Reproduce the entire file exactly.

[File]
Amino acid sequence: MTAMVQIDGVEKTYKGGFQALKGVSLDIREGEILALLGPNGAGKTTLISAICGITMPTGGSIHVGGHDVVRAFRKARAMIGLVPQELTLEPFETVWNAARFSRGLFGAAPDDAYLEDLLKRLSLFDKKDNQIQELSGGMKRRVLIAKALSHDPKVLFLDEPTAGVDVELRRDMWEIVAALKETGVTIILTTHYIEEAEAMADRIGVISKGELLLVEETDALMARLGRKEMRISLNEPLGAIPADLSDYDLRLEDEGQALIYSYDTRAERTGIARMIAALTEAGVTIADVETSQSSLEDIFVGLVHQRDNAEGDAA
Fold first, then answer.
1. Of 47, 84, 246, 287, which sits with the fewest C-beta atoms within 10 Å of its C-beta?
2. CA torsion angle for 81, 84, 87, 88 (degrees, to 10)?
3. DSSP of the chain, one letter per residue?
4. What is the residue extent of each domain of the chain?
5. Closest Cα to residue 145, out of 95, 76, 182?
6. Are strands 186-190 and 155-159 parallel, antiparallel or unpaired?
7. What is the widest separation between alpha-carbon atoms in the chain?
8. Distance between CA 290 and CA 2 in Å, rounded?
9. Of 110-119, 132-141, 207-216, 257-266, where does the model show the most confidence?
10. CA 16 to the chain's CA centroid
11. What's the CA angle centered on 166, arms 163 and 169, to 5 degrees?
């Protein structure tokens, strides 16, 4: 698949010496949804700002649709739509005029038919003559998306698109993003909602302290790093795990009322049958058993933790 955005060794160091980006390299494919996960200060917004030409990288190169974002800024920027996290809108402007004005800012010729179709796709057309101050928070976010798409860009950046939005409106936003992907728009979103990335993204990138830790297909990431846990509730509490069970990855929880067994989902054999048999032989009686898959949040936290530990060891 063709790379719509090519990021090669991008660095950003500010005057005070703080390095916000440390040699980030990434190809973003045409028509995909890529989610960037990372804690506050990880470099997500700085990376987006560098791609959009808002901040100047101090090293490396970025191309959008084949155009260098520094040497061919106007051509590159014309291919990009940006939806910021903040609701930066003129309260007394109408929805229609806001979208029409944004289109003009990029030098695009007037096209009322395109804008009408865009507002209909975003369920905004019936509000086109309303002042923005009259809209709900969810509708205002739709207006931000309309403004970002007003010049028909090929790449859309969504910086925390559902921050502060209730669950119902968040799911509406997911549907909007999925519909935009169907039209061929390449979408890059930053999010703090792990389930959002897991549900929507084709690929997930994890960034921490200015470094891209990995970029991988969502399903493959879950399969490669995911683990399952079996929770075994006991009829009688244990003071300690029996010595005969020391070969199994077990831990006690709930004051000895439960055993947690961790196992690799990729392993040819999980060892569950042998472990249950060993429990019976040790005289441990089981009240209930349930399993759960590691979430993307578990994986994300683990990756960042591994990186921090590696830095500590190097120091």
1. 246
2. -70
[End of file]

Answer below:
Amino acid sequence: MTAMVQIDGVEKTYKGGFQALKGVSLDIREGEILALLGPNGAGKTTLISAICGITMPTGGSIHVGGHDVVRAFRKARAMIGLVPQELTLEPFETVWNAARFSRGLFGAAPDDAYLEDLLKRLSLFDKKDNQIQELSGGMKRRVLIAKALSHDPKVLFLDEPTAGVDVELRRDMWEIVAALKETGVTIILTTHYIEEAEAMADRIGVISKGELLLVEETDALMARLGRKEMRISLNEPLGAIPADLSDYDLRLEDEGQALIYSYDTRAERTGIARMIAALTEAGVTIADVETSQSSLEDIFVGLVHQRDNAEGDAA
Fold first, then answer.
1. Of 47, 84, 246, 287, which sits with the fewest C-beta atoms within 10 Å of its C-beta?
2. CA torsion angle for 81, 84, 87, 88 (degrees, to 10)?
3. DSSP of the chain, one letter per residue?
4. What is the residue extent of each domain of the chain?
5. Closest Cα to residue 145, out of 95, 76, 182?
6. Are strands 186-190 and 155-159 parallel, antiparallel or unpaired?
7. What is the widest separation between alpha-carbon atoms in the chain?
8. Distance between CA 290 and CA 2 in Å, rounded?
9. Of 110-119, 132-141, 207-216, 257-266, where does the model show the most confidence?
10. CA 16 to the chain's CA centroid
11. What's the CA angle centered on 166, arms 163 and 169, to 5 degrees?
């Protein structure tokens, strides 16, 4: 698949010496949804700002649709739509005029038919003559998306698109993003909602302290790093795990009322049958058993933790 955005060794160091980006390299494919996960200060917004030409990288190169974002800024920027996290809108402007004005800012010729179709796709057309101050928070976010798409860009950046939005409106936003992907728009979103990335993204990138830790297909990431846990509730509490069970990855929880067994989902054999048999032989009686898959949040936290530990060891 063709790379719509090519990021090669991008660095950003500010005057005070703080390095916000440390040699980030990434190809973003045409028509995909890529989610960037990372804690506050990880470099997500700085990376987006560098791609959009808002901040100047101090090293490396970025191309959008084949155009260098520094040497061919106007051509590159014309291919990009940006939806910021903040609701930066003129309260007394109408929805229609806001979208029409944004289109003009990029030098695009007037096209009322395109804008009408865009507002209909975003369920905004019936509000086109309303002042923005009259809209709900969810509708205002739709207006931000309309403004970002007003010049028909090929790449859309969504910086925390559902921050502060209730669950119902968040799911509406997911549907909007999925519909935009169907039209061929390449979408890059930053999010703090792990389930959002897991549900929507084709690929997930994890960034921490200015470094891209990995970029991988969502399903493959879950399969490669995911683990399952079996929770075994006991009829009688244990003071300690029996010595005969020391070969199994077990831990006690709930004051000895439960055993947690961790196992690799990729392993040819999980060892569950042998472990249950060993429990019976040790005289441990089981009240209930349930399993759960590691979430993307578990994986994300683990990756960042591994990186921090590696830095500590190097120091």
1. 246
2. -70